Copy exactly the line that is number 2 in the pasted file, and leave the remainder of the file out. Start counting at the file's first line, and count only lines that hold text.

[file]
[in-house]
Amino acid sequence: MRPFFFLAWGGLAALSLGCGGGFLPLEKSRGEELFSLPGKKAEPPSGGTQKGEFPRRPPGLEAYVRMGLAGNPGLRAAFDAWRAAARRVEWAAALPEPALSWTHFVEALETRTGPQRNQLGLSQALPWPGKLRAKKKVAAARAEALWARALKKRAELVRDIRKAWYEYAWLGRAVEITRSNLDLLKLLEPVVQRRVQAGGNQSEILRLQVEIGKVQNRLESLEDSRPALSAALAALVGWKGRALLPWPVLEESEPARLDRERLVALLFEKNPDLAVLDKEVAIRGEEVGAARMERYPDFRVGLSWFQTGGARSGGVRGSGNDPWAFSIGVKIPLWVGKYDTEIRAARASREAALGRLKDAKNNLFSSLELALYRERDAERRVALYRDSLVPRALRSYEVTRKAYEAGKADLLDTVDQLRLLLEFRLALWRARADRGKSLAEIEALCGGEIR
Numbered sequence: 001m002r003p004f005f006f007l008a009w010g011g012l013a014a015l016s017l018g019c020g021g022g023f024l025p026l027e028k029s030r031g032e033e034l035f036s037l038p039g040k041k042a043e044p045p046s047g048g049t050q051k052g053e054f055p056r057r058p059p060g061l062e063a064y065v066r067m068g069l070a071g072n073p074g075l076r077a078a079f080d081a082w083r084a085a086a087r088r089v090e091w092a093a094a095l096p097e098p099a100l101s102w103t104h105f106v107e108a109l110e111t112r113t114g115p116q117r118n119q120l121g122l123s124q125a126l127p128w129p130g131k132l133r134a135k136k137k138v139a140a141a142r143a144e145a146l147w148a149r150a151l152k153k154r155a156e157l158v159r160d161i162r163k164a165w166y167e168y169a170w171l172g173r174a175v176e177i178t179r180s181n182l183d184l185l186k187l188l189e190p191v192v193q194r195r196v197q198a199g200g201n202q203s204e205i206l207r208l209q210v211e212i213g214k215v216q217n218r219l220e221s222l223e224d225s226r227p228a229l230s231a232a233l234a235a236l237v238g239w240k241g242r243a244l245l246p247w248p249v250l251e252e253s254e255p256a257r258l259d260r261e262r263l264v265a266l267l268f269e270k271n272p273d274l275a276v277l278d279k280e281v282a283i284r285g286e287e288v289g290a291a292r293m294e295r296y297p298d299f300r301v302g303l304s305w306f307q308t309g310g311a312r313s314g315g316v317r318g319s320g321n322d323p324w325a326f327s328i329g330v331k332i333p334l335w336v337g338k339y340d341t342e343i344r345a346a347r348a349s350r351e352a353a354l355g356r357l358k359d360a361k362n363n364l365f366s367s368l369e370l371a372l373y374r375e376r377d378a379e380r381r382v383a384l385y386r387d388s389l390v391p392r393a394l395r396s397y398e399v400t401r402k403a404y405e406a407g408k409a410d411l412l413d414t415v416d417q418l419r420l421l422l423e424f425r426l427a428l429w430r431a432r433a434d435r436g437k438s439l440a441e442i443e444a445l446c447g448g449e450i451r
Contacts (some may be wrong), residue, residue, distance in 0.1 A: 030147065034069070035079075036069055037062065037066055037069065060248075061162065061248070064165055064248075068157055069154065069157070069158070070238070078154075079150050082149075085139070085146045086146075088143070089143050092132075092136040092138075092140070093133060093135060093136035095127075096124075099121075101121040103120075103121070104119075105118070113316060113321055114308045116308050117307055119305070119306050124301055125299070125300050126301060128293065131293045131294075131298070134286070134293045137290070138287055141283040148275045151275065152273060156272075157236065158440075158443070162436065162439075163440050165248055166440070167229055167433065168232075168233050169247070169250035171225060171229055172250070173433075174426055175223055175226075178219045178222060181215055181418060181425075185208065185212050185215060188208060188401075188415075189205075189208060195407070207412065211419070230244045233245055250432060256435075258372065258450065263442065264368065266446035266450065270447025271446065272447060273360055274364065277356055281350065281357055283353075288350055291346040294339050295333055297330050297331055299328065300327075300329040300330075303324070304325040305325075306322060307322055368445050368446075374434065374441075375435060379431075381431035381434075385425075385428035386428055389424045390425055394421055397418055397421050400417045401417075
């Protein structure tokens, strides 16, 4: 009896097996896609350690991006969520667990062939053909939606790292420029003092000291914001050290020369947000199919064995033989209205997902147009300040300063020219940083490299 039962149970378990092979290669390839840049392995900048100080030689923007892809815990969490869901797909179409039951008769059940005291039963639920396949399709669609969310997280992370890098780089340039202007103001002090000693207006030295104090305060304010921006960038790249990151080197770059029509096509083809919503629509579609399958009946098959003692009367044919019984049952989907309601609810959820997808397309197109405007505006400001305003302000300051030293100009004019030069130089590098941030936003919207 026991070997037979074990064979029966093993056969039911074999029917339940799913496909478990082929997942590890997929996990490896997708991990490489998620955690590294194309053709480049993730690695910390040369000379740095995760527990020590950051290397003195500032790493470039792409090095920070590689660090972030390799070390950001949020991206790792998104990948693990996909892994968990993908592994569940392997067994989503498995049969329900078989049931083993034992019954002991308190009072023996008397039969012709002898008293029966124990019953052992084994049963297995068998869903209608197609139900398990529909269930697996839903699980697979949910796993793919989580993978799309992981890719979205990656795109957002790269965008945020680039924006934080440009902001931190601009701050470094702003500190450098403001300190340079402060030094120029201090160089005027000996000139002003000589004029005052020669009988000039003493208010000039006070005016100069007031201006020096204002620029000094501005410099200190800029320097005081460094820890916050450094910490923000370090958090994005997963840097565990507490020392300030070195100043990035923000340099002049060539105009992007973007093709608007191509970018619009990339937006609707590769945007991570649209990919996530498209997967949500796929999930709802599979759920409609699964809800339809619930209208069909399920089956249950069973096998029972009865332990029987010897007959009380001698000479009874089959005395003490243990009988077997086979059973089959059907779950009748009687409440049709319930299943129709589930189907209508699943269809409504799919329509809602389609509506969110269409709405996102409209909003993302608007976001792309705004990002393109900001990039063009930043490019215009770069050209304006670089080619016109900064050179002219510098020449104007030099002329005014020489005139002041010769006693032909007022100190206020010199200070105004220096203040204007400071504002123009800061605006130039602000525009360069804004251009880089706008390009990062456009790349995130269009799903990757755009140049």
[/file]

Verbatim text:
Amino acid sequence: MRPFFFLAWGGLAALSLGCGGGFLPLEKSRGEELFSLPGKKAEPPSGGTQKGEFPRRPPGLEAYVRMGLAGNPGLRAAFDAWRAAARRVEWAAALPEPALSWTHFVEALETRTGPQRNQLGLSQALPWPGKLRAKKKVAAARAEALWARALKKRAELVRDIRKAWYEYAWLGRAVEITRSNLDLLKLLEPVVQRRVQAGGNQSEILRLQVEIGKVQNRLESLEDSRPALSAALAALVGWKGRALLPWPVLEESEPARLDRERLVALLFEKNPDLAVLDKEVAIRGEEVGAARMERYPDFRVGLSWFQTGGARSGGVRGSGNDPWAFSIGVKIPLWVGKYDTEIRAARASREAALGRLKDAKNNLFSSLELALYRERDAERRVALYRDSLVPRALRSYEVTRKAYEAGKADLLDTVDQLRLLLEFRLALWRARADRGKSLAEIEALCGGEIR